Daniel Bunn, CEO of the Tax Foundation, observes that this intricate tax landscape mirrors the complicated political landscape. He asserts that while there is consensus about taxing foes and subsidizing allies, the intricate nature of these actions reflects the intricate tax system.
While some states and multistate organizations have taken steps toward implementing incremental reforms, no comprehensive approach has been fully embraced. Individual state actions assist specific businesses in complying with state-specific remote sales tax requirements, but the overall complexity remains unresolved. Moreover, uncertainties persist around the legality of remote sales taxation by states and localities.
Taxes and policy objectives
In the US, policymakers employ the progressive tax system to realize diverse objectives such as promoting retirement savings, providing child care subsidies, and advancing environmental initiatives through an array of deductions and credits. Erin Collins highlights the challenge of balancing multiple goals within the tax code, leading to its complexity.
Simplifying the tax code by removing credits and deductions is far from simple due to the resistance of influential interest groups. For instance, the potent real estate lobby has safeguarded the mortgage interest deduction from elimination for a considerable period of time.
Competing lobbying groups have further complicated the tax code by advocating for numerous separate policies. An example is the corporate tax rate reduction under the Tax Cuts and Jobs Act of 2017, which incentivized different business entities to incorporate in response to the advantageous new tax rate. However, these entities secured special deductions through lobbying efforts.
This intricate tax system has given rise to a thriving industry of tax software companies. Critics allege that these firms lobby to maintain the complexity and cost of tax filing.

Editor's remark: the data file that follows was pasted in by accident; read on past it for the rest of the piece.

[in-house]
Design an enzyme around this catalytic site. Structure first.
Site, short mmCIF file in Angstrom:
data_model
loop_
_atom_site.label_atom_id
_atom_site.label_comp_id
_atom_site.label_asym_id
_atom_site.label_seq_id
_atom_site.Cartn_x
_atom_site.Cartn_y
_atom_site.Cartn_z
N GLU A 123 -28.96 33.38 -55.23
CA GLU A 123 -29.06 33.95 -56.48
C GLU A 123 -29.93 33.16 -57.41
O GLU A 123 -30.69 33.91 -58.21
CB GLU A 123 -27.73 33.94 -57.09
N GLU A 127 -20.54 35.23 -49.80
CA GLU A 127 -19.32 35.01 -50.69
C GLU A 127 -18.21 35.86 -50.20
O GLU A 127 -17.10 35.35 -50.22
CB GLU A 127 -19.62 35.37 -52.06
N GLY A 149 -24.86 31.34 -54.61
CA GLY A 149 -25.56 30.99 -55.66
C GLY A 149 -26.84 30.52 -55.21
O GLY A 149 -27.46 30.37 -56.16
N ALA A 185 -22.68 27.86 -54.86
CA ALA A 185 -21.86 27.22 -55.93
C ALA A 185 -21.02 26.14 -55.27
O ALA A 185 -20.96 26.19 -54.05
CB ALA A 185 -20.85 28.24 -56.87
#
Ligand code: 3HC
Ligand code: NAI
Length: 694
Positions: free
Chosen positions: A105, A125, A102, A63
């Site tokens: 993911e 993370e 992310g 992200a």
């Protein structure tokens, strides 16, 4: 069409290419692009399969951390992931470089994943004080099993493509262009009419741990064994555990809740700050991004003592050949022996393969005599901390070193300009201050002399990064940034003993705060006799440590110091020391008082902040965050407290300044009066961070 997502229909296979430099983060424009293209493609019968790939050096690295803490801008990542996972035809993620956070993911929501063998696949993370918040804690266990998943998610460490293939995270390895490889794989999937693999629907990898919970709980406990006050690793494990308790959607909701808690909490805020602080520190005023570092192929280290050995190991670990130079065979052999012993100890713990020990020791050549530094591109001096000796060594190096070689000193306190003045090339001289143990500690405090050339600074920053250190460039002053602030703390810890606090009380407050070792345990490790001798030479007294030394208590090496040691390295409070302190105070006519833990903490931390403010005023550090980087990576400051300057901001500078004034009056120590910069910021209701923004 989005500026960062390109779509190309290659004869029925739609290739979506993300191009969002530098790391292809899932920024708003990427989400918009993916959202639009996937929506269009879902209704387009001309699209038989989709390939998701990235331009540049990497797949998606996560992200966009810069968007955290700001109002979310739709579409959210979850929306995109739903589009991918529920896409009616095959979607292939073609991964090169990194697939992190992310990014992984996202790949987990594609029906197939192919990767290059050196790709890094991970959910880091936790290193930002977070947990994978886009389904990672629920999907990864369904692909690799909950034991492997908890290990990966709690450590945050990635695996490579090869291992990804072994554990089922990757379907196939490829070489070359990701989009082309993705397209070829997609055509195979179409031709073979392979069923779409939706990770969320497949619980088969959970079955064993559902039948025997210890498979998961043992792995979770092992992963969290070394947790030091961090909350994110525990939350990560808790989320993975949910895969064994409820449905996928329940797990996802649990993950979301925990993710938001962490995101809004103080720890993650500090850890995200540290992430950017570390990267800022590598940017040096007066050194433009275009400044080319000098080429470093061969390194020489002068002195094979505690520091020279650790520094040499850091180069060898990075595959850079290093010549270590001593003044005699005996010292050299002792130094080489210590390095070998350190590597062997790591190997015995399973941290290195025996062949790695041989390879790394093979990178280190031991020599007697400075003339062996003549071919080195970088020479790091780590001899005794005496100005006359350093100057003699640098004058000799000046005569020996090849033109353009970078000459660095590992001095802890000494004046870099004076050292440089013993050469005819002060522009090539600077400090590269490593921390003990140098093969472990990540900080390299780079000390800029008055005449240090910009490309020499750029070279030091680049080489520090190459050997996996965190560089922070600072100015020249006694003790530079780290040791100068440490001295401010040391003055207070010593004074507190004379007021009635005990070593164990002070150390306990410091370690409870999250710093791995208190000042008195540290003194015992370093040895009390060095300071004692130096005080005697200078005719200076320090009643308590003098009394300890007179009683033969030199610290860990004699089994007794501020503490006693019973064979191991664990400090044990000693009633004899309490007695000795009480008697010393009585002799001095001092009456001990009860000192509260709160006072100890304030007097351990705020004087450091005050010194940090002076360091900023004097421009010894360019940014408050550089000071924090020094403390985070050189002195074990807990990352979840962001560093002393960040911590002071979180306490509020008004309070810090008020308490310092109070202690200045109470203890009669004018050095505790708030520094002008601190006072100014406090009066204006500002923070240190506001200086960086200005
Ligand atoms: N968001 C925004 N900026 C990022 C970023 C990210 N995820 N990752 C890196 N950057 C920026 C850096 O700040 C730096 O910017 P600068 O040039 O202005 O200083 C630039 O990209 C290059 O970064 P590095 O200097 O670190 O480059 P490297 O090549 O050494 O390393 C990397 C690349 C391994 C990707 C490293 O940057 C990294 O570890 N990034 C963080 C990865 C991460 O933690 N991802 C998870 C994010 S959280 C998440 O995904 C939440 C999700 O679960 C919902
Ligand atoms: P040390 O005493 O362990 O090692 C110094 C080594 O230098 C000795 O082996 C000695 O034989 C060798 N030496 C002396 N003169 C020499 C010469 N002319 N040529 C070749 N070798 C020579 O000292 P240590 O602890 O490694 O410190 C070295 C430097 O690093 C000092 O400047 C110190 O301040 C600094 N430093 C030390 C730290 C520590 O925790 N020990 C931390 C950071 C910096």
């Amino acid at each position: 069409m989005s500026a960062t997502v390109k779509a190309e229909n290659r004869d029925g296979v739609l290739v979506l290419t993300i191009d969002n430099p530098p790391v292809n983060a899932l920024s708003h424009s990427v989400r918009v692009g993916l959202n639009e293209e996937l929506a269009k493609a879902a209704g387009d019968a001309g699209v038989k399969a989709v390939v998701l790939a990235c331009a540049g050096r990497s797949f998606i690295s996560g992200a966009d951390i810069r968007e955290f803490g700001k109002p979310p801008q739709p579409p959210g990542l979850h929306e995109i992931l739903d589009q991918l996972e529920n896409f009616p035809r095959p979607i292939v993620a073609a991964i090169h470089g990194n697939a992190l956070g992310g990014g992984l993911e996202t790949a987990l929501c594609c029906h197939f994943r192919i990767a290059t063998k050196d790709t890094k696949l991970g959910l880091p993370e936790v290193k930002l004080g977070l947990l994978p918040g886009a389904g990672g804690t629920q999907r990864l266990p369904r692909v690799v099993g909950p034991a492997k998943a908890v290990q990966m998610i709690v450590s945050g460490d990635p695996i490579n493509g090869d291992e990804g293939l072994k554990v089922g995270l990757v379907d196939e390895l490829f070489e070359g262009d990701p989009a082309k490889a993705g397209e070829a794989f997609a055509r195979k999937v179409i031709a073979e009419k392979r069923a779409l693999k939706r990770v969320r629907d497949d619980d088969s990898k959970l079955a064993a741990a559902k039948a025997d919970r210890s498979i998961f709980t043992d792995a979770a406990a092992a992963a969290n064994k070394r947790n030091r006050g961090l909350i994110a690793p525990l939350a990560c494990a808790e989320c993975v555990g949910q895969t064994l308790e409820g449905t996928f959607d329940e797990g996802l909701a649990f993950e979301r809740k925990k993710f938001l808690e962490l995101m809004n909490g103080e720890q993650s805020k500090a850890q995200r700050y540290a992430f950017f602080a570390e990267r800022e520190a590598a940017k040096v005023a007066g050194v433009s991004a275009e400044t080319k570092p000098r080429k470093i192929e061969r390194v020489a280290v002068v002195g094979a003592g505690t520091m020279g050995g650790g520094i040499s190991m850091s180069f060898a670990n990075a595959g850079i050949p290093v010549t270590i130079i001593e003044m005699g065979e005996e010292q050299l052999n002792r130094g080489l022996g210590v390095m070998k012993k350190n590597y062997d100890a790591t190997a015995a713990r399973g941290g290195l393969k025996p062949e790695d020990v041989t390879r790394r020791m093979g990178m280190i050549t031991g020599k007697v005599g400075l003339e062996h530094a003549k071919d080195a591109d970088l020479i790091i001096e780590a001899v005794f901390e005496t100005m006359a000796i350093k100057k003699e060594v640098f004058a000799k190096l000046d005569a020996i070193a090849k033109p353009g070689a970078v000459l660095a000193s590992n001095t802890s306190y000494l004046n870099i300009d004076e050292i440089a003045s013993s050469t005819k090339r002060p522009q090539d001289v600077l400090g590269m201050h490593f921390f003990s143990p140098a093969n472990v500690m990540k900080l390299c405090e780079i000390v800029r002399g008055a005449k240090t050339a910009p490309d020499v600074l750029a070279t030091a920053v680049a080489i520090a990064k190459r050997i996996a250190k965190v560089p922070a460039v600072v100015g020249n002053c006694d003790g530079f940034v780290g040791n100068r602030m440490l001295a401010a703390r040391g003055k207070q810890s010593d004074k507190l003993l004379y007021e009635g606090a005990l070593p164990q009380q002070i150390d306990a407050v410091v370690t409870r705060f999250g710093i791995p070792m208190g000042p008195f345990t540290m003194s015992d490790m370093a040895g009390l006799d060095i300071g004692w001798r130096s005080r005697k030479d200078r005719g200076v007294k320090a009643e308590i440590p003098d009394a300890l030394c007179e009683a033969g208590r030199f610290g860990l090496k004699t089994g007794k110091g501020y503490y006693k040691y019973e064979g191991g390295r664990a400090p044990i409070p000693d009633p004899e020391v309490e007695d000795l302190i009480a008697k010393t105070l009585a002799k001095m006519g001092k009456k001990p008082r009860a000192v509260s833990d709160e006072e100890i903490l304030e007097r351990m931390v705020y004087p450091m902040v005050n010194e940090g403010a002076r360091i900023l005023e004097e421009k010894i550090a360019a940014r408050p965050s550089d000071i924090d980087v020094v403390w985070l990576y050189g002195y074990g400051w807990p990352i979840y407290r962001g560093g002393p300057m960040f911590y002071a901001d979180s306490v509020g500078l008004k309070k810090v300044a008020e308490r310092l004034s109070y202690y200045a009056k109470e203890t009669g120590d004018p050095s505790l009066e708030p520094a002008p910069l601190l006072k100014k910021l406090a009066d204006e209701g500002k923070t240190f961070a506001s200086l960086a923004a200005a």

Struggle between complexity and resources
Apart from its complexity, the US tax system is managed by an agency ill-equipped to fulfill its myriad responsibilities. Taxpayers often find it frustrating to contact the IRS for assistance. In stark contrast, Estonia's efficient tax service promptly answers calls, reflecting a more service-oriented approach.
However, the IRS is not just a tax revenue collector; it also functions as a provider of social welfare, a distributor of stimulus, and a tax enforcer. The agency faced the arduous task of disbursing stimulus payments while simultaneously handling regular responsibilities. The IRS also had to manage new, temporary tax provisions in the midst of tax-filing season.
The recently enacted Inflation Reduction Act allocates $80 billion in new funding to the IRS, potentially enhancing its service quality. This additional funding aims to improve IRS efficiency and proactive problem resolution, offering relief to taxpayers. Nevertheless, it may not lead to a significant simplification of the US tax code.
In essence, the complexity of the US tax system is deeply intertwined with its multifaceted policy goals, lobbying dynamics, and the IRS's broad responsibilities. While efforts are being made to enhance the IRS's capabilities, achieving true tax code simplification remains a formidable challenge.